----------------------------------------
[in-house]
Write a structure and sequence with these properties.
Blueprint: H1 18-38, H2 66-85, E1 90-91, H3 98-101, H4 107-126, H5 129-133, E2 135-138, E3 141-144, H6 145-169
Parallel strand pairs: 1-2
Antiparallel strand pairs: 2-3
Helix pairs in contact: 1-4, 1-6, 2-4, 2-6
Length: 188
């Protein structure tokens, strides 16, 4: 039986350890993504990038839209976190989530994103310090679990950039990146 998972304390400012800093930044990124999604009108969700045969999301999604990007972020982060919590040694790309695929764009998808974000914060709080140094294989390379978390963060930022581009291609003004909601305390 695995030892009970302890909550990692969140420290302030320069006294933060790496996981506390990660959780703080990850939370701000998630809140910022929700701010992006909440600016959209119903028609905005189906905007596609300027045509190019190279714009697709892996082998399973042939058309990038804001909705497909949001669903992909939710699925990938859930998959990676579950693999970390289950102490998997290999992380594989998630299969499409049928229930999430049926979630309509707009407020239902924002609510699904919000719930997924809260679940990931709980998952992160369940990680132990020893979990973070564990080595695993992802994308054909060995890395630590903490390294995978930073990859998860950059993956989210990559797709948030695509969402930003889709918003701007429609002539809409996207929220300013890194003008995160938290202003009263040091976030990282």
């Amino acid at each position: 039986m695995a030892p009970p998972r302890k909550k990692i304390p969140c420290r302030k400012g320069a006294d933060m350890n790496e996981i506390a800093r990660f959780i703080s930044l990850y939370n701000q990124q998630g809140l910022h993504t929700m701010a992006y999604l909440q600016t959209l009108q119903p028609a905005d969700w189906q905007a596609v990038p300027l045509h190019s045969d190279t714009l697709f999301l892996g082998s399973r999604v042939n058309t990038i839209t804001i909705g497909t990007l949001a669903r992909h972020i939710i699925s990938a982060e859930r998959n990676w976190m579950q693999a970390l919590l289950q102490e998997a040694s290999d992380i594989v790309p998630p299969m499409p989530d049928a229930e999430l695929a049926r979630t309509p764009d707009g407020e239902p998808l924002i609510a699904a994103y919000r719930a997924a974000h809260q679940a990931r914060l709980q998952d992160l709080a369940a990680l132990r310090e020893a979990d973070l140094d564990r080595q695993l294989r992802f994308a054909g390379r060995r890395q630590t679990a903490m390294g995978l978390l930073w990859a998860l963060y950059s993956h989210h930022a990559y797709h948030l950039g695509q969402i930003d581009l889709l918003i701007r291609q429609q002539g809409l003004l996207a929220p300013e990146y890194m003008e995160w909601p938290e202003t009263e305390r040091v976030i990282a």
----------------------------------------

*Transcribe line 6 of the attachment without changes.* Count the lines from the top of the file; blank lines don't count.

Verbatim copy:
Helix pairs in contact: 1-4, 1-6, 2-4, 2-6